Who is my neighbour?

“All true Christian preaching is expository preaching”, declared John Stott, and in my judgement rightly so. And yet there is more to preaching than expounding a text. We need to know what God through his Word is saying to us now. It is not enough to understand what God said hundreds of years ago. God’s Word must be brought to bear upon life as it is today. It must be applied creatively, sensitive, and relevantly. That is the ultimate challenge for the preacher.

Last Sunday I preached on the Parable of the Good Samaritan. In my initial preparation I wrote what I felt was a really good expository sermon, but it had no bite. I had spelled out the two-fold lesson of the parable: first, that there are no limits to neighbourliness – our neighbour is anyone we come across who is in need; and secondly, that action and not concern is required – for love “is not just ‘caring about’, it is ‘caring for’” (John Havlik). Yet there was no application. The sermon was ‘interesting’ but not ‘challenging’. Thankfully, with just two days to go, inspiration came. It came as I reflected on my own experience of the past week and realised that God was laying on my heart one way of applying the parable. So let me share with you how I moved from exposition to application:

There are many ways in which the teaching of Jesus here can be applied. Let me give you just one example – and it comes from my experience of life this week. This week I have been made very aware of those who have been ‘robbed’ of their health, and find themselves ‘incarcerated’ in care homes.

Gosh, the term ‘incarcerated’ is a strong term, and yet that is the word that is used by a friend whom I visit most Tuesday afternoons. Let me tell you about him. I have known him for almost 25 years. During my ministry at Chelmsford he came to renewed faith, and I had the joy of baptising him. Although he has gone through tough times, for the most part life has been good to him. A Cambridge graduate, he became a medical doctor, spent some time in Kenya, before settling down as a GP in this country. Blessed with an outgoing wife, as a couple they have had a wide circle of friends. But in the last five years or so, his world has been turned upside down. Although when I first knew him he was one of the strongest and fittest men I have known, he now can only walk with difficulty with a Zimmer frame. For the last two years he has been ‘incarcerated’ in a care home, where most of the residents are old ladies with degrees of dementia. Not surprisingly, he feels pretty ‘down’. His life is now extraordinarily limited – and the future seems to offer no hope. And yet he would be the first to acknowledge that in many ways he is among the fortunate. His wife takes him out regularly, and his children visit him too. By contrast there are many in that care home who receive no visitors. It’s tough growing old – especially when people are ‘robbed’ not just of health, but of friends and family.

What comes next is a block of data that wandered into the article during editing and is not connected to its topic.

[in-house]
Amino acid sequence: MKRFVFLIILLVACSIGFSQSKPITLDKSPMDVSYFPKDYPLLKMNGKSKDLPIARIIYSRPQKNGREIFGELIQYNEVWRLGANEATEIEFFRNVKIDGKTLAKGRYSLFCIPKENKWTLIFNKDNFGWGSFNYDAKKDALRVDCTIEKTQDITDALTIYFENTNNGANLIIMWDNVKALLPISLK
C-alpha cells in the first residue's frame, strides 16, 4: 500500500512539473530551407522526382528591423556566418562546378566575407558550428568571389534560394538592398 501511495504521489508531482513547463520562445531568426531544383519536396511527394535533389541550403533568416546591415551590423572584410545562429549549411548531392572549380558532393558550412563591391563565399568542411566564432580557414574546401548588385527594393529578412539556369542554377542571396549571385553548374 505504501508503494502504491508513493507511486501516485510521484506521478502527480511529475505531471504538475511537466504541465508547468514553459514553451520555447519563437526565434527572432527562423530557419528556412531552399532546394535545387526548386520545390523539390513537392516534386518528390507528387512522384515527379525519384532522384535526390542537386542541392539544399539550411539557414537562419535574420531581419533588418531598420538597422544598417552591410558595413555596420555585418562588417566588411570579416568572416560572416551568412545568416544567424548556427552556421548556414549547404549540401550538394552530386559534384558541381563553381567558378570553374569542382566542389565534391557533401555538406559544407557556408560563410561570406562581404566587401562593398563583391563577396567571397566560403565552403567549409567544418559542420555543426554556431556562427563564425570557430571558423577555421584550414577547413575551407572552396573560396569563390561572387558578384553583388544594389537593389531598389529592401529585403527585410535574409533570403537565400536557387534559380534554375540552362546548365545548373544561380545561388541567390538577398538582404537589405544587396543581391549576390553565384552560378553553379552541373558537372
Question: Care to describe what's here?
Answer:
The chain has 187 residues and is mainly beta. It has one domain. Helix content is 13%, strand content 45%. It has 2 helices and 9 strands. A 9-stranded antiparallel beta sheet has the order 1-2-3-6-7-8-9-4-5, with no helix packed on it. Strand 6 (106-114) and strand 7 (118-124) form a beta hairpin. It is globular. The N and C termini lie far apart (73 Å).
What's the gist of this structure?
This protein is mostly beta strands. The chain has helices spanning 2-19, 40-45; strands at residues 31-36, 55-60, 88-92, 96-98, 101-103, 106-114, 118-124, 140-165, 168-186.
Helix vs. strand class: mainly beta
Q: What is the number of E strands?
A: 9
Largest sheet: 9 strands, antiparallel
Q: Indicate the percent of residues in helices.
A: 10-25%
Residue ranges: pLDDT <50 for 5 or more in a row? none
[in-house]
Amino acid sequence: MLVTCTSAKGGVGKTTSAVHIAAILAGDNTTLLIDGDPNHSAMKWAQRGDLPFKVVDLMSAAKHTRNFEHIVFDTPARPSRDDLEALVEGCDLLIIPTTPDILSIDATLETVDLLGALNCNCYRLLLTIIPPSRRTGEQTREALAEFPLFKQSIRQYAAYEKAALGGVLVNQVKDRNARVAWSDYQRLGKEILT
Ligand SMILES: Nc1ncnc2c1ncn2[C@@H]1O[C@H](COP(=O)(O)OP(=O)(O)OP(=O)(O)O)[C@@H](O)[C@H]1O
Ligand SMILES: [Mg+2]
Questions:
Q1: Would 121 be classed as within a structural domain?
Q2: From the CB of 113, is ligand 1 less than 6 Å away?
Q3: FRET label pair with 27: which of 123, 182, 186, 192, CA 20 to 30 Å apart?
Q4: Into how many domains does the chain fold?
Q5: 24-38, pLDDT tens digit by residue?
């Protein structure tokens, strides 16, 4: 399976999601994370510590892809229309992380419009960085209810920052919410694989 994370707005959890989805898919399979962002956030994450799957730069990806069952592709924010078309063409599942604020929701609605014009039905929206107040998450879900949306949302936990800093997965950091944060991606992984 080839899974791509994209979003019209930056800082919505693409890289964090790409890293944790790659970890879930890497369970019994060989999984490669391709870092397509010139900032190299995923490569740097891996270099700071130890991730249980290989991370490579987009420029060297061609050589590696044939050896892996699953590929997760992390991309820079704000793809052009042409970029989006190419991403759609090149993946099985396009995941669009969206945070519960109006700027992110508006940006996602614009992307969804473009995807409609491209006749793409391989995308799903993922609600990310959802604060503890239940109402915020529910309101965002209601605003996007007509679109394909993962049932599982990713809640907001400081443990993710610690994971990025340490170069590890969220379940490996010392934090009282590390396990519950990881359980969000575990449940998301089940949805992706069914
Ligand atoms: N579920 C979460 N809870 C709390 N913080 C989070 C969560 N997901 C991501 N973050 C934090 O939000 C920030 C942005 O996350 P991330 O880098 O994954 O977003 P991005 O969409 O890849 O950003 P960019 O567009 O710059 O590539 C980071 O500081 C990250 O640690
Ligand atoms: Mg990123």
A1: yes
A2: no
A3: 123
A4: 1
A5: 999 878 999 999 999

On Wednesday I visited another care home – this time to see my 95 year old mother in Hove. She is in constant pain, and is almost blind. She longs for God to take her – but she is still with us. Thankfully she has not been abandoned by her family – my brother in Liverpool visits her every other month, I visit her once a month, my sister in Romsey visits her every other week, and my brother in Hove visits her once or twice a week. In addition she has friends to visit her too. She is the best visited lady in the care home. By contrast there are others there who have no visitors. On Wednesday I met one lady who has two sons: one lives in Germany, and the other in New Zealand. Not surprisingly they see her rarely. It’s tough growing old – especially when people are ‘robbed’ not just of health, but also of friends and family.

Of course, it is not just people in care homes who have been ‘robbed’ of health, friends and family. There are many other older people, still living independently, who because they are not as fit as once they were they live restricted lives; whose husbands or whose wives have died; who have lost too many friends. Only this week I called on an older couple whose circle of friendship is getting smaller. It is tough growing old – especially when people are robbed not just of healthy, but of friends and family.

It is all too easy for those of us who are fit and well, who lead busy lives, to ‘pass by on the other side’. I wonder, is God calling some of us this morning to care for our older neighbours in need? Yes, there are many other ways in which this parable of the Good Samaritan can be applied. I have no idea how Jesus may be challenging you. All I know is that Jesus wants us to care for neighbours in need.

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